18 recommended0 commentsShareShareTweetSharePin it Get our daily Pasadena newspaper in your email box. Free.Get all the latest Pasadena news, more than 10 fresh stories daily, 7 days a week at 7 a.m. Your email address will not be published. Required fields are marked * Cultural Heritage FCC Vote Allows Pasadena Community Groups to Obtain Radio License From STAFF REPORTS Published on Thursday, December 6, 2012 | 6:23 pm faithfernandez More » ShareTweetShare on Google+Pin on PinterestSend with WhatsApp,Pulse PollVirtual Schools PasadenaHomes Solve Community/Gov/Pub SafetyCitizen Service CenterPASADENA EVENTS & ACTIVITIES CALENDARClick here for Movie Showtimes Subscribe Business News Name (required) Mail (required) (not be published) Website First Heatwave Expected Next Week More Cool Stuff Top of the News Community News Pasadena Will Allow Vaccinated People to Go Without Masks in Most Settings Starting on Tuesday Community News Community organizations in Pasadena can now obtain licenses for non-commercial radio stations (also known as low power FM or LPFM stations) in the community they serve after the Federal Communications Commission voted to open the airwaves for thousands of new local radio stations.FCC Commissioner Jessica Rosenworcel announced the expected LPFM application window to open October 15, 2013.Another FCC commissioner, Mignon Clyburn celebrated the Commission’s decision to free up airwaves in urban communities. Urban areas have limited airwave availability due to the high number of commercial stations. The new rule will give urban organizations the ability to apply for LPFM stations via second-adjacent waivers.Those expected to benefit in the relaxed airwave rules are community organizations within Pasadena.The National Hispanic Media Coalition also commended the move. For years, the NHMC has been fighting for diversity in media ownership and against negative stereotypes in the media. “We joined this effort so that Latino-led and Latino-serving organizations could have a greater presence on the radio dial. We need a diversity of voices to help transform the anti-Latino and anti-immigrant discourse which dominates the radio,” said Jessica Gonzalez, NHMC’s Vice President of Policy and Legal Affairs.NHMC has been working closely with a coalition of media advocacy groups, led by Prometheus Radio Project, to call for the relaxation of the airwave rule.NHMC said it would continue working with the Prometheus Radio Project to help promote awareness of this opportunity to organizations nationwide. For more information about LPFM and the application process, call NHMC at (626) 792-6462.About NHMCThe National Hispanic Media Coalition is a non-partisan, non-profit, media advocacy and civil rights organization established in 1986 in Los Angeles, California. Its mission is to educate and influence media corporations on the importance of including U.S. Latinos at all levels of employment. It augments the pool of Latino talent with its professional development programs. It challenges media that carelessly exploit negative Latino stereotypes. It scrutinizes and opines on media and telecommunications policy issues. Learn more at http://www.nhmc.org. Receive real-time updates on Facebook and Twitter @NHMC. Make a comment HerbeautyIt Works Great If Weight Loss Is What You’re Looking For!HerbeautyHerbeautyHerbeauty6 Trends To Look Like A Bombshell And 6 To Forget AboutHerbeautyHerbeautyHerbeauty10 Of The Most Notorious Female Spies In HistoryHerbeautyHerbeautyHerbeauty6 Lies You Should Stop Telling Yourself Right NowHerbeautyHerbeautyHerbeautyCouples Who Stuck With Each Other Despite The Cheating ScandalHerbeautyHerbeautyHerbeautyWant To Seriously Cut On Sugar? You Need To Know A Few TricksHerbeautyHerbeauty Pasadena’s ‘626 Day’ Aims to Celebrate City, Boost Local Economy EVENTS & ENTERTAINMENT | FOOD & DRINK | THE ARTS | REAL ESTATE | HOME & GARDEN | WELLNESS | SOCIAL SCENE | GETAWAYS | PARENTS & KIDS Home of the Week: Unique Pasadena Home Located on Madeline Drive, Pasadena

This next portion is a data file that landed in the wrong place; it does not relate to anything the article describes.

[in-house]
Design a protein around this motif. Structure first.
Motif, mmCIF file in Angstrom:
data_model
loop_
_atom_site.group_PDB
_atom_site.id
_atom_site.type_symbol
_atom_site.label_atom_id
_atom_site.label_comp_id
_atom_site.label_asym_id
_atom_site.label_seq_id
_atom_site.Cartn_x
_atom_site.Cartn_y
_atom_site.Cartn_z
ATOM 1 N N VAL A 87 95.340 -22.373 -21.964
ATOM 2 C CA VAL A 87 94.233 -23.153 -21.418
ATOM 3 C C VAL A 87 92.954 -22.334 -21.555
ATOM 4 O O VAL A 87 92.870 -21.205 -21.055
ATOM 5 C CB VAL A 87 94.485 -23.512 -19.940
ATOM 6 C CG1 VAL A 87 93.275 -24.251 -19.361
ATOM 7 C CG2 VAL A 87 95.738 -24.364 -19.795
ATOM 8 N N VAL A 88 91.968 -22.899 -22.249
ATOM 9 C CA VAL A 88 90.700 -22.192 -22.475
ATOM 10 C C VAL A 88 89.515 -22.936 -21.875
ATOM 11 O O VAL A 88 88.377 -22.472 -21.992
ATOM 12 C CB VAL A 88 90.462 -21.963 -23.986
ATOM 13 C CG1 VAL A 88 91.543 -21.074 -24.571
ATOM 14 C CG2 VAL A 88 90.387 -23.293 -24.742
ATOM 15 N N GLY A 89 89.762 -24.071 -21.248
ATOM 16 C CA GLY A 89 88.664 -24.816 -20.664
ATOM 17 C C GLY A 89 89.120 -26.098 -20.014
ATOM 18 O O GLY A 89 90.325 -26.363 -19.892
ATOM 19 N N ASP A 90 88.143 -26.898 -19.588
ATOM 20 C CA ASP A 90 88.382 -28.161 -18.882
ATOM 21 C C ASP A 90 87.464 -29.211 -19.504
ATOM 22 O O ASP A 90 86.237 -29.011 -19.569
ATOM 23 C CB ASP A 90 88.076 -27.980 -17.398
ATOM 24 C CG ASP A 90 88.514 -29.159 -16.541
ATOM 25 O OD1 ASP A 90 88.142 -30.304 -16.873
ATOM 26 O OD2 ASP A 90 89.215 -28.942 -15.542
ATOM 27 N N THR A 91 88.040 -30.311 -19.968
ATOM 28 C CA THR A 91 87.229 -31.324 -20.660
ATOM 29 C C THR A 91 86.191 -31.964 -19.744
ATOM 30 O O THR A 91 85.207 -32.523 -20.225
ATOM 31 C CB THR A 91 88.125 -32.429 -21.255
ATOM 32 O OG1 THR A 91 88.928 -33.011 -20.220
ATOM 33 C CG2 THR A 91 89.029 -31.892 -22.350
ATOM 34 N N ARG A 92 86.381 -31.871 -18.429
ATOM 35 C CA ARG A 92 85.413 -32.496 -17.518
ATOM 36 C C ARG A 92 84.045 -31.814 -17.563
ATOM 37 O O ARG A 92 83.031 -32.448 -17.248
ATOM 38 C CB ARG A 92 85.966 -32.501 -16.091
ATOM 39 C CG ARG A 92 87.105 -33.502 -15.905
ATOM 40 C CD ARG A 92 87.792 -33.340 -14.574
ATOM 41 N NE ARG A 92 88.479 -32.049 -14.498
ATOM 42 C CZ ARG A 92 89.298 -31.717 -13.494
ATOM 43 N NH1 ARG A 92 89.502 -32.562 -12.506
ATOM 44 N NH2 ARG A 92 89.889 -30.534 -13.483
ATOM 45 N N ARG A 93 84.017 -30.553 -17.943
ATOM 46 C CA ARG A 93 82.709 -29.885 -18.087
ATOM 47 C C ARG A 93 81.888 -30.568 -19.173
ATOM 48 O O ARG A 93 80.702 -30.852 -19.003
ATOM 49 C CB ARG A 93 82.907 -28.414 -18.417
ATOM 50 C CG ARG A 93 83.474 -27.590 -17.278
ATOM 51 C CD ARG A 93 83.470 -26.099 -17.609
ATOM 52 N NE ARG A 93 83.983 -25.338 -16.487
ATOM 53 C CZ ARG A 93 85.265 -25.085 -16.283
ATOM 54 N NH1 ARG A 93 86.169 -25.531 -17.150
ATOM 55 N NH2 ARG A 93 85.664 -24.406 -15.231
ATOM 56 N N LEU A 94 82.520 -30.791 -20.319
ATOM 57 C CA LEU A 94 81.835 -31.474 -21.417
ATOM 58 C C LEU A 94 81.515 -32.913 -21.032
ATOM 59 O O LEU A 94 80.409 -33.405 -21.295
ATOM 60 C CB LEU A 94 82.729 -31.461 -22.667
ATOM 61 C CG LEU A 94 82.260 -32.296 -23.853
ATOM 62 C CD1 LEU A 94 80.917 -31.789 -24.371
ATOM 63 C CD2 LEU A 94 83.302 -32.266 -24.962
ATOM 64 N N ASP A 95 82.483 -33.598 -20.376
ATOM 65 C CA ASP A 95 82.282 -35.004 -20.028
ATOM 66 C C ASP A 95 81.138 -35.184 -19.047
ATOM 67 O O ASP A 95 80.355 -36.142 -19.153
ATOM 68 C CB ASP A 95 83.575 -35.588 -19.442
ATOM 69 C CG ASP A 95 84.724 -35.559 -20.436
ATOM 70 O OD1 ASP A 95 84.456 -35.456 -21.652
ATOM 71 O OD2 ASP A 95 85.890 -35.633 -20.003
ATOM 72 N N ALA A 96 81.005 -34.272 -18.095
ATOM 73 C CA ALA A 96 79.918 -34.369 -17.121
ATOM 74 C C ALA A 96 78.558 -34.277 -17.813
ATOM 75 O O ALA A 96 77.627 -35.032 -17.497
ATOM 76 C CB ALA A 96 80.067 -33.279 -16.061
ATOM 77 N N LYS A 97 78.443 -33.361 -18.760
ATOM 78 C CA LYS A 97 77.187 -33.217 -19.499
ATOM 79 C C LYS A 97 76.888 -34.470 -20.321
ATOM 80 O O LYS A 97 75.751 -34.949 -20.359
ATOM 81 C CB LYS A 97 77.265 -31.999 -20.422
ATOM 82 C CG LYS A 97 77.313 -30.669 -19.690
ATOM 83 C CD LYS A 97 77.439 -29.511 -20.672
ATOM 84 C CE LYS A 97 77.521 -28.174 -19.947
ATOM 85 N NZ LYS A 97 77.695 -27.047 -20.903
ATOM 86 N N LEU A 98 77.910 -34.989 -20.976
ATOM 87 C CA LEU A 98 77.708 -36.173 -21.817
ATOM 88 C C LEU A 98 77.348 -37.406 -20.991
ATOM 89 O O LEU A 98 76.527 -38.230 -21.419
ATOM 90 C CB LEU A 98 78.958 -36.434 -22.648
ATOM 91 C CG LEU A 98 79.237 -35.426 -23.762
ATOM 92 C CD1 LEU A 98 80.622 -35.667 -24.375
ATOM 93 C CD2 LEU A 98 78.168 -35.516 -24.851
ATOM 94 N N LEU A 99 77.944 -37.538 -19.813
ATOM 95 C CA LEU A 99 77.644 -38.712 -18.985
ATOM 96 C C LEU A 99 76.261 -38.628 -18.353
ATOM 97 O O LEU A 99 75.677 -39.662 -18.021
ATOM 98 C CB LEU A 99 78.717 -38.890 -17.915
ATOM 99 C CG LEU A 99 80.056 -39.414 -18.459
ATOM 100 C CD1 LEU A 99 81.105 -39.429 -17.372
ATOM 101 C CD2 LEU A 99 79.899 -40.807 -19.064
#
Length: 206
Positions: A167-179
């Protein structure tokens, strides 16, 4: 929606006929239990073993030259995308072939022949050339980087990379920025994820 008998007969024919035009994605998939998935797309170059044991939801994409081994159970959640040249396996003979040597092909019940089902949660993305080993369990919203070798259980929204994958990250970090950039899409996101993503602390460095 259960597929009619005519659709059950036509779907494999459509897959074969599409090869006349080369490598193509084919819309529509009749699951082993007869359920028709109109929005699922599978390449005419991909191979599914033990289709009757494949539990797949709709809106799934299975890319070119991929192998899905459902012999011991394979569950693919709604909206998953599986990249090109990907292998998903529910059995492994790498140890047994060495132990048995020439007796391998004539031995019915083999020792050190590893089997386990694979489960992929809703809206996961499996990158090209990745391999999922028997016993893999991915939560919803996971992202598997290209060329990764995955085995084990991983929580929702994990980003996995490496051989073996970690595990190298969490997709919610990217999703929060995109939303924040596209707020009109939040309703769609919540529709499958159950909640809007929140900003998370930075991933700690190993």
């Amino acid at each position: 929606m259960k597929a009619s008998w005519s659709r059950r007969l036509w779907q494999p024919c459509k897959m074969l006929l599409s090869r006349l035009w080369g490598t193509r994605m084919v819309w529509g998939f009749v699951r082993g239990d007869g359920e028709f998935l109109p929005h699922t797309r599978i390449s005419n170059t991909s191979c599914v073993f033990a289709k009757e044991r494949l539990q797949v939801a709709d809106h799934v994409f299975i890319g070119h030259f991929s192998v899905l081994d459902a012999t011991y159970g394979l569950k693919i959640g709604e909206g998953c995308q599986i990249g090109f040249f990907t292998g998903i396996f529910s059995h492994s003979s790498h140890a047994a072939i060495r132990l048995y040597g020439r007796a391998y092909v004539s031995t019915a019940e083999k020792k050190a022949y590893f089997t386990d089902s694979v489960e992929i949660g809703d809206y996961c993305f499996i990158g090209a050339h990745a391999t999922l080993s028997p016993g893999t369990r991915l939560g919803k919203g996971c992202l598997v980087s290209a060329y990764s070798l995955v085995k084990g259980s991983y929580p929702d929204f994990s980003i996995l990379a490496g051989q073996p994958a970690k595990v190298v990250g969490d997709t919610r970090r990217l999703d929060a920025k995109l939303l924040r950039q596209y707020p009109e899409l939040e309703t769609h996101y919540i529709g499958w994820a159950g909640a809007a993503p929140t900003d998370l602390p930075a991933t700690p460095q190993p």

Authorities in Utah are reporting that they discovered two bodies in an apartment while conducting a welfare check.The discovery was made Monday in Tooele, Utah.Officials say they were called by a concerned resident after a 75-year-old woman who lived in the apartment had not been seen in a couple of days.During their search, officials say they discovered the body of the woman identified as Jeanne Souron-Mathers in the home. According to initial reports, authorities believe Souron-Mathers may have died of natural causes as there were no signs of foul-play.They are currently waiting for a toxicology report to make to finalize their report.When canvasing the apartment, however, investigators then came across a chest freezer with a man’s body inside. Authorities report that the body may have been in the freezer anywhere from 18 months to 11-years. Authorities say the body was fully intact and that they do not believe that the victim died of natural causes.They are currently waiting on an autopsy to determine the person’s identity and cause of death.